2006-09-01 / Front Page

Rinehart says CHP report of '94 crash is inaccurate

By Kyle Jorrey kjorrey@theacorn.com

 

Rick Rinehart Rick Rinehart Former Simi Valley police officer Rick Rinehart says he was going "nowhere near" 67 mph at the time of his 1994 collision with Margaret "Peggy" Spahr's car outside the Los Angeles Avenue Metrolink Station, despite an investigation by the California Highway Patrol's Multi-Disciplinary Accident Investigation Team at the time which determined exactly that.

The crash, which left Spahr, who was not wearing a seat belt at the time, in a coma, was investigated by the Simi Valley Police Department and the CHP.

Both independent reports concluded the primary reason for the crash was Spahr's having illegally pulled out in front of the officer. The CHP also put Rinehart's pre-impact speed at 67 mph, which would mean the officer was traveling at 22 mph over the posted speed limit on Los Angeles Avenue. It's this estimation that is contained in the final police report, and it's this estimation, the former officer said, that has been troubling him for the past 12 years.

Rinehart, who retired from law enforcement in 2001 because of persistent back and wrist injuries related to the crash, is now coming forward to say those MAIT estimations are "flat out wrong."

"I wasn't speeding," he said. "Not unless speeding is going 50 mph in a 45."

Rinehart, who served for 20 years with the Simi Valley Police Department and now makes his home in the Antelope Valley, said he decided to end his decade-long silence on the issue after hearing about the Acorn's Aug. 11 story on the long-comatose Spahr's death.

In that article, Lt. John McGinty reported from the department's file on the case, a file which still puts Rinehart's speed at 67 mph.

Rinehart said that number was determined mathematically by MAIT based upon a 1 to 2 second braking estimation included in the initial police report written by Officer Brian Chandler. In that report, Chandler, who interviewed Rinehart, writes that Rinehart "estimated that he braked for approximately 1 to 2 seconds prior to impact."

Rinehart contends he never said that.

"I never made that statement. It's an erroneous, false statement in a police report," Rinehart said. "Just check the tape recording of the interview."

Rinehart said it was actually his lawyer, Sylvia Kellison, who gave Chandler the estimation that made it into the police report. As proof, he provided the Acorn a copy of a letter written to SVPD Sgt. Jeff Malgren by Kellison-dated May 10, 1994-stating "At no time did my client ever state in his interview to me or any one else that he braked for 1 to 2 seconds."

Yet, said Rinehart, it was that estimation which was used by MAIT for its speed calculations, which in turn made him out to be "rogue, speeding officer rushing out to join in a pursuit."

"Now I'm the bad guy," Rinehart said. "I feel horrible for what happened to Ms. Spahr, but I wasn't speeding. . . . The only way I was going to avoid her was not coming into work that day."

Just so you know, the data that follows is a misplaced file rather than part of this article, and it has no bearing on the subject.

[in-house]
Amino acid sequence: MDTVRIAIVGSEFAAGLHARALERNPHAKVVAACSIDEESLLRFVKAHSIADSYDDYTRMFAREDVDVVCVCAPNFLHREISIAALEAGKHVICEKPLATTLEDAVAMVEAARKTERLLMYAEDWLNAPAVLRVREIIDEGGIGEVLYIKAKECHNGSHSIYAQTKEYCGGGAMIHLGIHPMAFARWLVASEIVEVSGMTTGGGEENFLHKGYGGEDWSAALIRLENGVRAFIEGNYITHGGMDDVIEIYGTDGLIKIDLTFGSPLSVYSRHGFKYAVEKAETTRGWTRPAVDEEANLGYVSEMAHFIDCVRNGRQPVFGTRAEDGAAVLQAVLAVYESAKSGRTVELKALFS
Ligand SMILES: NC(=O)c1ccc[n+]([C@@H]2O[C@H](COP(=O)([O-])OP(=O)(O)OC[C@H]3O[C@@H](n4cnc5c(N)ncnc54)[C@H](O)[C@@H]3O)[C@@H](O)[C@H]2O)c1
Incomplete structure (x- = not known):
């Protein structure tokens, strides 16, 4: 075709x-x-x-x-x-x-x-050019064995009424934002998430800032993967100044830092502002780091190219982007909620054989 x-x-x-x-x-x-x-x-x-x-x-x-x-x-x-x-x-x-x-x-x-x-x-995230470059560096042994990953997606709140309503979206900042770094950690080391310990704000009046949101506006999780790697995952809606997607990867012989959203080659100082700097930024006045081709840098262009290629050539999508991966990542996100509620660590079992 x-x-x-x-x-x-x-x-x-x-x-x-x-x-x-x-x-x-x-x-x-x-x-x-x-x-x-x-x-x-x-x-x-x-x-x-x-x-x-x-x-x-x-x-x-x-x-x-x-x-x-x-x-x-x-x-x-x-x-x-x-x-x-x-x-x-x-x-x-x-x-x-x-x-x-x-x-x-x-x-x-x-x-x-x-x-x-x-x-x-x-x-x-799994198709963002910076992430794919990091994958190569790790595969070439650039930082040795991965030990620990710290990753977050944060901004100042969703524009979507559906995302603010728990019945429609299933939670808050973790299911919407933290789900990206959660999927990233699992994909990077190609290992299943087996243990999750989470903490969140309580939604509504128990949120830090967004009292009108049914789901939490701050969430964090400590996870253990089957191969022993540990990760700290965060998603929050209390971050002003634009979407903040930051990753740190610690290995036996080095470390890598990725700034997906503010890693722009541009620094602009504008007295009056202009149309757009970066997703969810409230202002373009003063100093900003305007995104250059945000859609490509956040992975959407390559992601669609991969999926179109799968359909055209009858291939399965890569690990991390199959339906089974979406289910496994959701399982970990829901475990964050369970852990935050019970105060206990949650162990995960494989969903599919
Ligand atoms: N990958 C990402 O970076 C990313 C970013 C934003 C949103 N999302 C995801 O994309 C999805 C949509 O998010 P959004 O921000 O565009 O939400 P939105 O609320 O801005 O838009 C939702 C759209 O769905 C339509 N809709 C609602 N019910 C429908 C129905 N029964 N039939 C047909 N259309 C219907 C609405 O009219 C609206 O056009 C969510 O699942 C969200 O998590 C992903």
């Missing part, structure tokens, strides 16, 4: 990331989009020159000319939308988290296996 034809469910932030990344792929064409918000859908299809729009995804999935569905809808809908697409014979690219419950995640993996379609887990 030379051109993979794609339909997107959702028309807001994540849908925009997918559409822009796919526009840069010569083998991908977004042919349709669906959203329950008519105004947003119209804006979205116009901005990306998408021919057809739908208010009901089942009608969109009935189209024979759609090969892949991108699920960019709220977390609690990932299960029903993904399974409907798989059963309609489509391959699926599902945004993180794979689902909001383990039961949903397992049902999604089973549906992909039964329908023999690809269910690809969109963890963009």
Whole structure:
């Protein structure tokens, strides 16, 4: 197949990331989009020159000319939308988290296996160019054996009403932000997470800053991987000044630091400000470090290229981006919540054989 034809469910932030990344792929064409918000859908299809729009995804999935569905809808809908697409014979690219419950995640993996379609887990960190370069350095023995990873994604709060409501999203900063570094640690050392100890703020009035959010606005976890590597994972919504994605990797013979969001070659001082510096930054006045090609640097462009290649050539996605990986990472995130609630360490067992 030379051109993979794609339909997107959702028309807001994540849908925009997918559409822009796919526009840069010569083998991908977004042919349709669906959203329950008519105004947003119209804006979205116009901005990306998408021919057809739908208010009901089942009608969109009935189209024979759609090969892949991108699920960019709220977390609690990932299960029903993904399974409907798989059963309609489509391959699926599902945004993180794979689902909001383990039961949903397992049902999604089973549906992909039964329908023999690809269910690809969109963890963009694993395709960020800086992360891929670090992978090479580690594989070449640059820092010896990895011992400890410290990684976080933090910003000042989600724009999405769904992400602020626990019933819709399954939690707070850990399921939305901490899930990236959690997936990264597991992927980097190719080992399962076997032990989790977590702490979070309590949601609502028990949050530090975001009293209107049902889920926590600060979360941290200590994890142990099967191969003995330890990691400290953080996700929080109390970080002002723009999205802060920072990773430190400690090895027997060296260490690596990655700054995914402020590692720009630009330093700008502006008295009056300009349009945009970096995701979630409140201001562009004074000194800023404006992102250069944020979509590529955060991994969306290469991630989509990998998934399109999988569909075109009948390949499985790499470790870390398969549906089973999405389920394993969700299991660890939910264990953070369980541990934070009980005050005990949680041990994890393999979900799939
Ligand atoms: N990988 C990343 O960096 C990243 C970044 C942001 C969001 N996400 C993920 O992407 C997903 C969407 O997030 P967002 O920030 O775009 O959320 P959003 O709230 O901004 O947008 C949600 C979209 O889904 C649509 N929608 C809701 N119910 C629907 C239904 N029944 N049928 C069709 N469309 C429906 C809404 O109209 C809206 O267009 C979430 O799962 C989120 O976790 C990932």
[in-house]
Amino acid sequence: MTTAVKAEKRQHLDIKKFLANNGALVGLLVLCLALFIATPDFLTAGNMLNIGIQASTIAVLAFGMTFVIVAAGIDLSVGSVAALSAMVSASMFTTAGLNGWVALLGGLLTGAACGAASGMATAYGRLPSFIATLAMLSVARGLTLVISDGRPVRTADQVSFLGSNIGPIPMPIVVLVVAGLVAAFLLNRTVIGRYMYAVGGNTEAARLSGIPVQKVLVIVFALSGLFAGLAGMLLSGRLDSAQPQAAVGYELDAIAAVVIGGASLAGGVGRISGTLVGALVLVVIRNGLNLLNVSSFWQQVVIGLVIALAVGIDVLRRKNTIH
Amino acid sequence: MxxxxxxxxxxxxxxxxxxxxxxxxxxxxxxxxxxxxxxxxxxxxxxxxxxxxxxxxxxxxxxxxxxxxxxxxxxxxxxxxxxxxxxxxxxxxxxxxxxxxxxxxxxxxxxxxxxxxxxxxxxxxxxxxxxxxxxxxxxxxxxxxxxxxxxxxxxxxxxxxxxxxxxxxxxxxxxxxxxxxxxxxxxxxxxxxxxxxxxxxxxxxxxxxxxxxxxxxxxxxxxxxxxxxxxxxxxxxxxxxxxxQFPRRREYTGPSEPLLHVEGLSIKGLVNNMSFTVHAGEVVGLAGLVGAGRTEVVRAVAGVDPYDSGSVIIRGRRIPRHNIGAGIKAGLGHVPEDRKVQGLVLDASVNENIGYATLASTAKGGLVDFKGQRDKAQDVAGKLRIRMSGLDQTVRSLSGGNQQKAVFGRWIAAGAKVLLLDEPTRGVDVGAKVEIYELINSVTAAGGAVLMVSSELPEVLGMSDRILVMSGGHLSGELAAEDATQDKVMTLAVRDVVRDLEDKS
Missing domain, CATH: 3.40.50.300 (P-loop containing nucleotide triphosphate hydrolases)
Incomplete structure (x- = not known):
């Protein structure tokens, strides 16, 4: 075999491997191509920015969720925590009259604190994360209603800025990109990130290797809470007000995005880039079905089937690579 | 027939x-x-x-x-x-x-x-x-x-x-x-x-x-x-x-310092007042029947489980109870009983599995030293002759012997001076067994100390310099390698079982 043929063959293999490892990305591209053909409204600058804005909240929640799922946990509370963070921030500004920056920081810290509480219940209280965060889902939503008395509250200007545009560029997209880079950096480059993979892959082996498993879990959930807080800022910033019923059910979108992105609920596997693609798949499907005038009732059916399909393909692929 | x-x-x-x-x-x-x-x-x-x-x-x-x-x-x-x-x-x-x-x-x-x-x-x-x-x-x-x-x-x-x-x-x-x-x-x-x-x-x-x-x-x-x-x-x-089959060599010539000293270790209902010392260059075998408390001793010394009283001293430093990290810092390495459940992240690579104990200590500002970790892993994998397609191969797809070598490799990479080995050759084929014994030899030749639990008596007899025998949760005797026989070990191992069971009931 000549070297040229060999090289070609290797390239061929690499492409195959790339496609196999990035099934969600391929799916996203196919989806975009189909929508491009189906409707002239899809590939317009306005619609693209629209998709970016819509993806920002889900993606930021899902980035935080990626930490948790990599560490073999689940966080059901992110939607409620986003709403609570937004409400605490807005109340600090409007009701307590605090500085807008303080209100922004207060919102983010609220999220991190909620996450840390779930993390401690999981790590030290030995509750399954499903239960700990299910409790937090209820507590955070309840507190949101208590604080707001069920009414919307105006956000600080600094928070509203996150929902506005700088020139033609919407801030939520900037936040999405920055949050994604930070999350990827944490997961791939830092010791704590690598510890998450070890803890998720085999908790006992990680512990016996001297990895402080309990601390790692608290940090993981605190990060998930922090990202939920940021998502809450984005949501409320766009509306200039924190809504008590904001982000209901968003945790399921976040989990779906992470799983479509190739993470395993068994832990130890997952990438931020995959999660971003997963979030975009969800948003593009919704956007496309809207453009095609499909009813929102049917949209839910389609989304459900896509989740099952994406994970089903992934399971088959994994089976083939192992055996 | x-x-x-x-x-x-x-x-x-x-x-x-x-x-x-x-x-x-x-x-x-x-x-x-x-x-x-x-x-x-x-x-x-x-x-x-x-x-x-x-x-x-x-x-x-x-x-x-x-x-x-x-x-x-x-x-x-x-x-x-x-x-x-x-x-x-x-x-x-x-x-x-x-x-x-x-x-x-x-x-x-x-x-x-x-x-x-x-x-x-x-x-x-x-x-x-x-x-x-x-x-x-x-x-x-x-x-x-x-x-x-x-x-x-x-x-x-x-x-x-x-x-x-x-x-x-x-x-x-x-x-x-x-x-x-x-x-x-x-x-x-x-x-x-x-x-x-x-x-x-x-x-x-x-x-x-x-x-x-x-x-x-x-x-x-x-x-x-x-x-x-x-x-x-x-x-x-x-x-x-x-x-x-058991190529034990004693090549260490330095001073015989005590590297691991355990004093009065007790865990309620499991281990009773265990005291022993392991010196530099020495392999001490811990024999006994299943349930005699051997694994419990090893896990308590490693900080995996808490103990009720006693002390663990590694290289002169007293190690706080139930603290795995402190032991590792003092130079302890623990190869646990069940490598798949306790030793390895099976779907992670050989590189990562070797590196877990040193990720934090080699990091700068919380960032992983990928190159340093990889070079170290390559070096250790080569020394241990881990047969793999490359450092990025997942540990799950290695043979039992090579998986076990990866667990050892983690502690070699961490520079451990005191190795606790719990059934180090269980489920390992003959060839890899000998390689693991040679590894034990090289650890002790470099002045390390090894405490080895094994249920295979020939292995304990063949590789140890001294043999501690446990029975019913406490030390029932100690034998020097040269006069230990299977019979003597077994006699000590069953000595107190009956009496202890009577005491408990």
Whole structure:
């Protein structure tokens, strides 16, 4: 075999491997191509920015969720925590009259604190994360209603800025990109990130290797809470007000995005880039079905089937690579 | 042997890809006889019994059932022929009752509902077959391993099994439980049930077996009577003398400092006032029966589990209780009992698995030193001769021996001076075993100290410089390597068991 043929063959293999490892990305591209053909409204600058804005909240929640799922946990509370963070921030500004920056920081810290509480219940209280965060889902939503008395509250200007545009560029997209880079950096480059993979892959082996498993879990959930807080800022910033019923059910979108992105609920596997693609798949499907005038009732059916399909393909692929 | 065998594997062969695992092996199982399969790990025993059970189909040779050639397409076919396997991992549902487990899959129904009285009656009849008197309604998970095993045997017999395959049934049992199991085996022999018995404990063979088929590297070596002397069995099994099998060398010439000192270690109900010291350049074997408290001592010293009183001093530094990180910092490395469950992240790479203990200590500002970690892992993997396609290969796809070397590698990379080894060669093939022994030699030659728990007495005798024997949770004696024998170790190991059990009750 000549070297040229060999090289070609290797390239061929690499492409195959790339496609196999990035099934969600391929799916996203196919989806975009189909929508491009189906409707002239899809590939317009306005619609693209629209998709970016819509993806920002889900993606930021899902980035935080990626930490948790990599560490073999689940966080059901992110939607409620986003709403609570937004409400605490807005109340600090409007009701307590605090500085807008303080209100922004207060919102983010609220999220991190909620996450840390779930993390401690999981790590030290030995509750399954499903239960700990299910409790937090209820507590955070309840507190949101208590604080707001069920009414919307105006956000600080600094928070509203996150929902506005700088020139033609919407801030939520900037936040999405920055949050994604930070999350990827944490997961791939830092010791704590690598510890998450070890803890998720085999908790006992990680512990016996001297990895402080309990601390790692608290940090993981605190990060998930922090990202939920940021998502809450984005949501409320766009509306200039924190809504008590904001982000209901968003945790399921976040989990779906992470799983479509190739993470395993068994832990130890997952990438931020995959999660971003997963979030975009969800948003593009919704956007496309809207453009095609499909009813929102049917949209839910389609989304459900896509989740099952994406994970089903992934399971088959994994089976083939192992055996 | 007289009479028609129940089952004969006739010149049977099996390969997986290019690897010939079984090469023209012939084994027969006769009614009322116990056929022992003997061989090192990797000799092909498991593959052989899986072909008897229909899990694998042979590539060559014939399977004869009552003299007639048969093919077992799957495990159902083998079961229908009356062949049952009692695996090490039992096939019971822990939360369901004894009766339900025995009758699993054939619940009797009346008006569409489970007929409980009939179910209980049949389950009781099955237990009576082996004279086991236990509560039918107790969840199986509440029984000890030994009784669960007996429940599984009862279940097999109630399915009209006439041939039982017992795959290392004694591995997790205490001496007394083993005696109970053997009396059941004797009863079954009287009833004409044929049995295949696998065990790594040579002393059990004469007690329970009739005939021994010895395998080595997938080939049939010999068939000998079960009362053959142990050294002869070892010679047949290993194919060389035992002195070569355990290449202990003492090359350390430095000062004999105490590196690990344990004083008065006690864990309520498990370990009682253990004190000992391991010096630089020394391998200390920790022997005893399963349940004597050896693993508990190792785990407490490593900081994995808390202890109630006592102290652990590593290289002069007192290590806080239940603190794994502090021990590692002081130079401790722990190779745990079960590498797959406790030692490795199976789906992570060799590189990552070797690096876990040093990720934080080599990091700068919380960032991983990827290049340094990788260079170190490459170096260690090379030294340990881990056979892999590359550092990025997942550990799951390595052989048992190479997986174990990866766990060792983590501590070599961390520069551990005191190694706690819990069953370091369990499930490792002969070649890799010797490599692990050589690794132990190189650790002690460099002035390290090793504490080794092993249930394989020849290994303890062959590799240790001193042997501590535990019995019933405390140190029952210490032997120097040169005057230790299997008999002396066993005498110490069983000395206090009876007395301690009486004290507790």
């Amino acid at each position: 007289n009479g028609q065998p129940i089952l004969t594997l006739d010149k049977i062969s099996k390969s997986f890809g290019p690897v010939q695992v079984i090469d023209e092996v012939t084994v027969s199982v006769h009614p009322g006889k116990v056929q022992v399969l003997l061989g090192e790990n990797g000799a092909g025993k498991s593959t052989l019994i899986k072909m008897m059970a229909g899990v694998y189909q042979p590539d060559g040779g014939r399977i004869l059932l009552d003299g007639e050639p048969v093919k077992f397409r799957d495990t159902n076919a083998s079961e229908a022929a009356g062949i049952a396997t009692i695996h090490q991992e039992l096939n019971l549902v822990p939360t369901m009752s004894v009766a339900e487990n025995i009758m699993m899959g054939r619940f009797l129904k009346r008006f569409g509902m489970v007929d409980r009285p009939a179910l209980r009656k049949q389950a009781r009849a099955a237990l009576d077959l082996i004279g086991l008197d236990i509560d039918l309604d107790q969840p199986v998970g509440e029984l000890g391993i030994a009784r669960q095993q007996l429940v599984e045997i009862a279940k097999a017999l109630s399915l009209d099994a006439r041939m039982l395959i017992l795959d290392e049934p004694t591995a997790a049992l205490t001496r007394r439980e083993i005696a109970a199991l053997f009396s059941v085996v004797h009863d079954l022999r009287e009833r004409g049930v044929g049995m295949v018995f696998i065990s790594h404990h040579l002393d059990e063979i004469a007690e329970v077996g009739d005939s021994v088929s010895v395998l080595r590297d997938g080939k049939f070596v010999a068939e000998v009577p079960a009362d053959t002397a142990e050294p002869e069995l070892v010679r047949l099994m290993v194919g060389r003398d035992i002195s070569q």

Rinehart insists his braking time was more like a quarter second to a half a second, numbers that would have put his speed under 50 mph.

"I don't blame the CHP, I blame the police department for not coming forward and telling the public that, 'Wait a minute, we made an error.' It's a political move. They'd rather hang an officer out to dry than tell the truth and say they made an error," Rinehart said.

McGinty would not respond to Rinehart's accusations, instead referring to the final police reports.

"According to the MAIT report, he was going 67 mph. If (Rinehart) has a different take on it, that's fine. I'm just giving what's in the report," he said.

Questioned about the 1 to 2 second braking time and the letter from Rinehart's lawyer, McGinty said, "This is the final report. Anything submitted would have been taken into account."

According to McGinty, this is a case Rinehart ought to be taking up with the CHP and the MAIT team, because they determined his rate of speed, not the Simi department. In fact, a SVPD collision review board made up of three officers cleared Rinehart of any wrong-doing in May 1994, calling the accident "nonpreventable" and calling into question "the estimated braking time" included in the CHP report.

A memorandum of that board's findings states: "The opinion of the board is that the estimated braking time of Officer Rinehart most likely included his reaction time as well as elapsed time during impact with other vehicle."

Rinehart also points to the fact that none of the six eyewitnesses to the crash ever put his speed at any higher than 50 mph.

"Even a kid can tell if a person is speeding," he said.

When asked why he waited 12 years to come forward to defend himself and his actions that day, Rinehart, who still has family and many friends in Simi, said that was a complicated issue.

"At the time I was still working with (SVPD) and the city was still handling a lawsuit. I was advised by legal counsel to keep my mouth shut," Rinehart said. "I had to sit there while I was taking a pretty bad beating in the press in the same city I dedicated my life to serve. It wasn't easy, but life went on."

After reading the recent article in the Acorn, though, Rinehart said he felt the time had come to "set the record straight."

"I feel very bad for what happened, and for Ms. Spahr's family and children, but I'm not going to go my entire life feeling guilty about a situation where I feel I did nothing wrong," he said. "It was Ms. Spahr who failed to stop at the stop sign. It was Ms. Spahr who was not wearing a seatbelt. It was Ms. Spahr who pulled out in front on an oncoming car doing the speed limit and she paid for it. It was a horrible mistake, but to blame me isn't right."

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